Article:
Arming the British Police: The Great Debate

Front Cover
Psychology Press, 1996 - Political Science - 146 pages
0 Reviews
As the fear of violent crime escalates, many inhabitants of the British Isles are calling for the police to carry guns. Even the police themselves, long staunch opponents of the idea, are beginning to view this as a necessary measure to enable them to protect themselves. Many others, however, remain strongly opposed to the concept of the police being regularly armed when on duty. In particular, they believe that this country could follow the American example, with a horrifying increase in shootings. Arming the British Police examines the history of violent crime and violence against the representatives of law and order, and looks at the extent to which the 'unarmed' British police have had recourse to firearms in the past, with some surprising findings.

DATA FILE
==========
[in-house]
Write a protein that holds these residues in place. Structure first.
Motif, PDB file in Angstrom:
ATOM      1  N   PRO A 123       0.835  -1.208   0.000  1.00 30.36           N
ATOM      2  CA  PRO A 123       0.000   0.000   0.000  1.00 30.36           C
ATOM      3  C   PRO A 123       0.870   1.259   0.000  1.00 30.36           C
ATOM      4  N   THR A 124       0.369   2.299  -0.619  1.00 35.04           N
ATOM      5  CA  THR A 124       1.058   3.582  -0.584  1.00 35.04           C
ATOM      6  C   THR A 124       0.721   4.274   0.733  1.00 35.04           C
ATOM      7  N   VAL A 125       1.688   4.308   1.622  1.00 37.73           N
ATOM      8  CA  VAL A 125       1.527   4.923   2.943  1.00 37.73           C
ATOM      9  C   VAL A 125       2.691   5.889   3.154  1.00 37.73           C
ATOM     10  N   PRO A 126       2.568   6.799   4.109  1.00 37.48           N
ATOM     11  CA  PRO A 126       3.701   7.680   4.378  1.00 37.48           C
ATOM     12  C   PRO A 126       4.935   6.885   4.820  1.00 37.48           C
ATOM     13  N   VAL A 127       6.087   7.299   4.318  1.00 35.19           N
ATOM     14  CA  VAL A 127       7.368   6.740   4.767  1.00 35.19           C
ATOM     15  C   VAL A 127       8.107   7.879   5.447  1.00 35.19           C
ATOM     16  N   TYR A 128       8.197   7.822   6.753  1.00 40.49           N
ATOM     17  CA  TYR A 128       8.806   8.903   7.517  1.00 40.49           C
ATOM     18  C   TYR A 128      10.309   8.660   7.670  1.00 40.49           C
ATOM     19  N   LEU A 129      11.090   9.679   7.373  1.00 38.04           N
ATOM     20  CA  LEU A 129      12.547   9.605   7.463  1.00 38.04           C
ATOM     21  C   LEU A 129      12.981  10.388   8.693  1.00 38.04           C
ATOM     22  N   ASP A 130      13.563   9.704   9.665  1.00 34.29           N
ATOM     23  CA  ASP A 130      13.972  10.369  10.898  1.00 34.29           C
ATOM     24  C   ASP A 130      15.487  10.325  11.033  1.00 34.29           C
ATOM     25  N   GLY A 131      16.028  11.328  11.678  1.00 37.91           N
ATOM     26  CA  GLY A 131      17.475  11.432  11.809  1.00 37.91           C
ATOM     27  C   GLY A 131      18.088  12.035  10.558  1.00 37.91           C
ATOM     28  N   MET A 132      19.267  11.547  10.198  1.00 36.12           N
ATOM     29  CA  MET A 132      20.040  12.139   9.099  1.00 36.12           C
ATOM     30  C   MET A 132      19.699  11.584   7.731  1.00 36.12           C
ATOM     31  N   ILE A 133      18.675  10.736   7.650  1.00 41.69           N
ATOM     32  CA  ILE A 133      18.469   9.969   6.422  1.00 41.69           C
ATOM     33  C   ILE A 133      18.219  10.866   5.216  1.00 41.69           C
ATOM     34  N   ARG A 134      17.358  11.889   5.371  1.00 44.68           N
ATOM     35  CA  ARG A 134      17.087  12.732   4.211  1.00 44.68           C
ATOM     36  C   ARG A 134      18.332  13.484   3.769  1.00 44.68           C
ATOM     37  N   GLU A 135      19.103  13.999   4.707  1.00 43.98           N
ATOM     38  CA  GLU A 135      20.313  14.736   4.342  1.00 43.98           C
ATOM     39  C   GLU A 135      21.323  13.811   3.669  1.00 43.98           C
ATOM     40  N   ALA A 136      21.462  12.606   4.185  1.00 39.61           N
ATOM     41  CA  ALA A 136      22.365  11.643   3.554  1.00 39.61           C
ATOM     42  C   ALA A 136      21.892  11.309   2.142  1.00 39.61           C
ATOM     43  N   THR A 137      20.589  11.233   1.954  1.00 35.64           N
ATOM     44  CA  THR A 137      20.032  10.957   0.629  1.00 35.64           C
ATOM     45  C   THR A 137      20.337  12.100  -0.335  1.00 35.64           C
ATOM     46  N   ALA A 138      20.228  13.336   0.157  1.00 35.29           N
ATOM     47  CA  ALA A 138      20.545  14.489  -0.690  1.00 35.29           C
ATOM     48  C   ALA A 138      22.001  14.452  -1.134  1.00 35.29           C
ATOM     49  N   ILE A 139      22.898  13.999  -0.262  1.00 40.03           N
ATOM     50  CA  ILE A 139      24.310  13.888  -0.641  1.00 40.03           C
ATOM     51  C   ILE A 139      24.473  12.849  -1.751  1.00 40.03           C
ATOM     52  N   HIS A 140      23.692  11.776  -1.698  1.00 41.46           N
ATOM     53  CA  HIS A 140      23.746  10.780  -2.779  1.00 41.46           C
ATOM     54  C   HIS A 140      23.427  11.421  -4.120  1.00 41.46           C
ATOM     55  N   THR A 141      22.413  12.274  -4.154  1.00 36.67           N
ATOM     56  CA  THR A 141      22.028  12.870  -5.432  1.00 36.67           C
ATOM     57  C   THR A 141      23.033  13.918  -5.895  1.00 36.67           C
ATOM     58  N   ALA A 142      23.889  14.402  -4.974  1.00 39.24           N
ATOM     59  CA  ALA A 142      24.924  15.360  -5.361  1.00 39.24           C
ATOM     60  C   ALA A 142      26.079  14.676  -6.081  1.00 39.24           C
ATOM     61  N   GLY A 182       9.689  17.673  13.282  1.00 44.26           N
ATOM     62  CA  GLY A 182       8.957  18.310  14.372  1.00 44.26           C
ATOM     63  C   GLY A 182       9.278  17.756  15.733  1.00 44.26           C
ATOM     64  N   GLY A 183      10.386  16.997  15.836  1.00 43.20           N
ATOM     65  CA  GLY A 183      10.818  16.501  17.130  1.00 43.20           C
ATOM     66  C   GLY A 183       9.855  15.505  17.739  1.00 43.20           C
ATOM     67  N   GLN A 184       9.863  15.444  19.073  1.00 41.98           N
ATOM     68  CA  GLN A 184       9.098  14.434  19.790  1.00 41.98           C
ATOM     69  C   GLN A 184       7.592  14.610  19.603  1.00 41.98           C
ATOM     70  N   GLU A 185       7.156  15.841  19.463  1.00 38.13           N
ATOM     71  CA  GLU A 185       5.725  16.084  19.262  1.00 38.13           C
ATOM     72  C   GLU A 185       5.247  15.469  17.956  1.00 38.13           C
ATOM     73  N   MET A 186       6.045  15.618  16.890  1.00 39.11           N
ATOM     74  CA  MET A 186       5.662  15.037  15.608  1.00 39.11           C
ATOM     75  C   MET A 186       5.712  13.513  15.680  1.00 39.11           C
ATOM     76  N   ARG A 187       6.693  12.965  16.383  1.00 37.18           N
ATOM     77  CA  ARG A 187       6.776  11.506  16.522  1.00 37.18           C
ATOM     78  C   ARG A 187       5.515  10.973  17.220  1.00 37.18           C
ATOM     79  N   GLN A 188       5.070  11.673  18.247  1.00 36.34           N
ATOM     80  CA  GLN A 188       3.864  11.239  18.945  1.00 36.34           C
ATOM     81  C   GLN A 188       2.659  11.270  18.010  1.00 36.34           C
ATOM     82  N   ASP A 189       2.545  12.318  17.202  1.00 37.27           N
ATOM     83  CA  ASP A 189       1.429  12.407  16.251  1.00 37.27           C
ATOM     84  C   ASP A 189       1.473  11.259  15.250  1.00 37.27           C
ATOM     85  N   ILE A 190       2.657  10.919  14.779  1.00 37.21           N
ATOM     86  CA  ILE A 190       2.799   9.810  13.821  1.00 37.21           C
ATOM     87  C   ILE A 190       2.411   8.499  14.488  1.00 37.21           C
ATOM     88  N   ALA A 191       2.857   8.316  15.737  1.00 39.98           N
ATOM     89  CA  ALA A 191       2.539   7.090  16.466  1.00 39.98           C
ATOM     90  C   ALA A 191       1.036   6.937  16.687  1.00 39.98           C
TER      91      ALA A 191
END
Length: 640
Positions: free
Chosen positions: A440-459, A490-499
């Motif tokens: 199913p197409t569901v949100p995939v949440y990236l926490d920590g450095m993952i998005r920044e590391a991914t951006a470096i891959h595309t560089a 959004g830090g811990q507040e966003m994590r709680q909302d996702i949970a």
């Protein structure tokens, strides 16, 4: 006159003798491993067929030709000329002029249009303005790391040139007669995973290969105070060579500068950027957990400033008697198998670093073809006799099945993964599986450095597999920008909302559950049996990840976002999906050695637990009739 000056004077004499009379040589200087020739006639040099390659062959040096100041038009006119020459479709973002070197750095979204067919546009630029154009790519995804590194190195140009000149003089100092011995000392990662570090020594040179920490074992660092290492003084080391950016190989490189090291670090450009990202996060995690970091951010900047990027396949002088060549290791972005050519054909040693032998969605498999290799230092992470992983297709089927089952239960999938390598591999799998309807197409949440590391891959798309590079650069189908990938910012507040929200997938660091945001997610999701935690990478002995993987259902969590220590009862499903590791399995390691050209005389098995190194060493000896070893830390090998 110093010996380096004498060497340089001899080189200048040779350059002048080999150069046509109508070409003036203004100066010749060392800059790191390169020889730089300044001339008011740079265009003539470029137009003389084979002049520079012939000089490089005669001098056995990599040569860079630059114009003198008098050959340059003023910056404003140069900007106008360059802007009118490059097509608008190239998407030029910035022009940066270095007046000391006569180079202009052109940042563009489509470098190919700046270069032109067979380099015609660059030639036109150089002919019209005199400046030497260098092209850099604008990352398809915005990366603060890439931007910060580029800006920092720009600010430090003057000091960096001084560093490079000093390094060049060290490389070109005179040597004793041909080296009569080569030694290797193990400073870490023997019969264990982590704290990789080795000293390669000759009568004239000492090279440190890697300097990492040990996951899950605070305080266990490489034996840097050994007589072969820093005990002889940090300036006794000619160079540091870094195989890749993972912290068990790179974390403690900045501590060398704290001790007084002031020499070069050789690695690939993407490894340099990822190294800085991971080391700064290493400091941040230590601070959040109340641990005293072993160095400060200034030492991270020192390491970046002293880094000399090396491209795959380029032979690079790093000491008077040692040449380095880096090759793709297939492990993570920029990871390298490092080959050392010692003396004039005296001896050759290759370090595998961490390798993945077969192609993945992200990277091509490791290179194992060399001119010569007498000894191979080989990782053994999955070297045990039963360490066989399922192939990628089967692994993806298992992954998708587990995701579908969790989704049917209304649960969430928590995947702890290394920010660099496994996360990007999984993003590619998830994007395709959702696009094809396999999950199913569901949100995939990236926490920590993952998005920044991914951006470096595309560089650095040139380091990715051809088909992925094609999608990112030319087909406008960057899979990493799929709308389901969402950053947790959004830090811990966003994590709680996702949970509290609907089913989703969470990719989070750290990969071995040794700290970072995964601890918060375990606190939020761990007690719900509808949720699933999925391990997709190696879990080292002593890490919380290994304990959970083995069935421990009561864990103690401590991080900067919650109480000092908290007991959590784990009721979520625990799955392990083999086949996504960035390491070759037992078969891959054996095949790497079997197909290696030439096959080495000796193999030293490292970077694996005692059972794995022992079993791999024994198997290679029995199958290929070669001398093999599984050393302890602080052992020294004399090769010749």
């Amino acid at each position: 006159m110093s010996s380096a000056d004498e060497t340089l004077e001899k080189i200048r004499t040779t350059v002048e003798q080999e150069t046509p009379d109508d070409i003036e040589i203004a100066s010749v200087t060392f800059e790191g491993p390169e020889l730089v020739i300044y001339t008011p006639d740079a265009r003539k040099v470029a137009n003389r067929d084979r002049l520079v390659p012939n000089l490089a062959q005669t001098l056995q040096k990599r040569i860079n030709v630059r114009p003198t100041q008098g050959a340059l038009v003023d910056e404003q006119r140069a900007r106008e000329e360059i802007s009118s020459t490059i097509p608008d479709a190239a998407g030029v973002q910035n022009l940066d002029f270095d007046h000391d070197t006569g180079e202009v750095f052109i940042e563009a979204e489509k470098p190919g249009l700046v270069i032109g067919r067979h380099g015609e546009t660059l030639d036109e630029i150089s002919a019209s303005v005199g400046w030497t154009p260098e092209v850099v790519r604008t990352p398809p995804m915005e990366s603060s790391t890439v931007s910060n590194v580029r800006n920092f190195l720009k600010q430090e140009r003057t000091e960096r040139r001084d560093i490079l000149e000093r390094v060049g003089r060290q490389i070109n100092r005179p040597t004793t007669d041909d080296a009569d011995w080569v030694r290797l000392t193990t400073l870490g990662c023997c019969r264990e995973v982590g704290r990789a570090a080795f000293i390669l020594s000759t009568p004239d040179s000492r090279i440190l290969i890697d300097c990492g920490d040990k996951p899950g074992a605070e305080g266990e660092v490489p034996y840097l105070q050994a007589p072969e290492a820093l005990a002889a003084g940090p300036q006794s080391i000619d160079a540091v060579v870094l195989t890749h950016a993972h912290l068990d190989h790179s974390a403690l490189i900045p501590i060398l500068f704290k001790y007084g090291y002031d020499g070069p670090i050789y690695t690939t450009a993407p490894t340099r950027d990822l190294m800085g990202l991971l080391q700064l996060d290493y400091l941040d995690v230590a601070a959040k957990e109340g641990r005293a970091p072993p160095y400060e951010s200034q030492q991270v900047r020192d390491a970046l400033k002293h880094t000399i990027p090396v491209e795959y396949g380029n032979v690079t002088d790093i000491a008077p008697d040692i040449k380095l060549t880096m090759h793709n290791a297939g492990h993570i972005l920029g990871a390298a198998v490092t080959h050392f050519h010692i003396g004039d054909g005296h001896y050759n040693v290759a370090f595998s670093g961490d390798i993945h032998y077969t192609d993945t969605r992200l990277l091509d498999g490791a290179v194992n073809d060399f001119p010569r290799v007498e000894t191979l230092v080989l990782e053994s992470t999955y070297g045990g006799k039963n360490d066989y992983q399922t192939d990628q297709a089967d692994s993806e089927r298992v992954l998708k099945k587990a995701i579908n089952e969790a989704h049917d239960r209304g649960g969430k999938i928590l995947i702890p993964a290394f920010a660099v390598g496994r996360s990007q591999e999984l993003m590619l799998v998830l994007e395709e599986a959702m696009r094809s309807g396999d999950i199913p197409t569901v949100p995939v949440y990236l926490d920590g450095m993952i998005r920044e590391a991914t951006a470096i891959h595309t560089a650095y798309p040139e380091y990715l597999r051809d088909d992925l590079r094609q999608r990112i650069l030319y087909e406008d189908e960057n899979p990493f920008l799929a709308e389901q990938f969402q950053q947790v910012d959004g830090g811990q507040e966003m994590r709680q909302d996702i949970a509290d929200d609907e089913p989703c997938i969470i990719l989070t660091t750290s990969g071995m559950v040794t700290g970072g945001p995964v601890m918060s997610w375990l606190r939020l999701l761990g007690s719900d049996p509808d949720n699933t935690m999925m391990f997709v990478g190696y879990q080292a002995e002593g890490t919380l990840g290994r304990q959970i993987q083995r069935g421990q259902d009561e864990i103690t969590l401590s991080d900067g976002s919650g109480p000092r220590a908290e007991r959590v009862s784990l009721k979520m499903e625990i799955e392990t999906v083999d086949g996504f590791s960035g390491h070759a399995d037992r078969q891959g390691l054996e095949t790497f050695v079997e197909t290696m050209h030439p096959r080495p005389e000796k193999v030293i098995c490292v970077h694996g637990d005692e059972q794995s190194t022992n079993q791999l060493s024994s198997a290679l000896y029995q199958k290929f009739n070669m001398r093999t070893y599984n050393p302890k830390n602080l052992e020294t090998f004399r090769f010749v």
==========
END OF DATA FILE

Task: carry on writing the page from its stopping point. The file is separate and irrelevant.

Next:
What people are saying - Write a review

We haven't found any reviews in the usual places.


The policemans lot
Pistolpacking policemen
Deadly force
To be or not to be
Abroad is unutterably bloody
The New Zealand Police
Further reading and selected bibliography

Other editions - View all

Common terms and phrases

References to this book

All Book Search results »

About the author (1996)

Ingleton, after National service with "The Gloucesters" in Korea, joined the police and served 26 years with the Kent County Constabulary.

Bibliographic information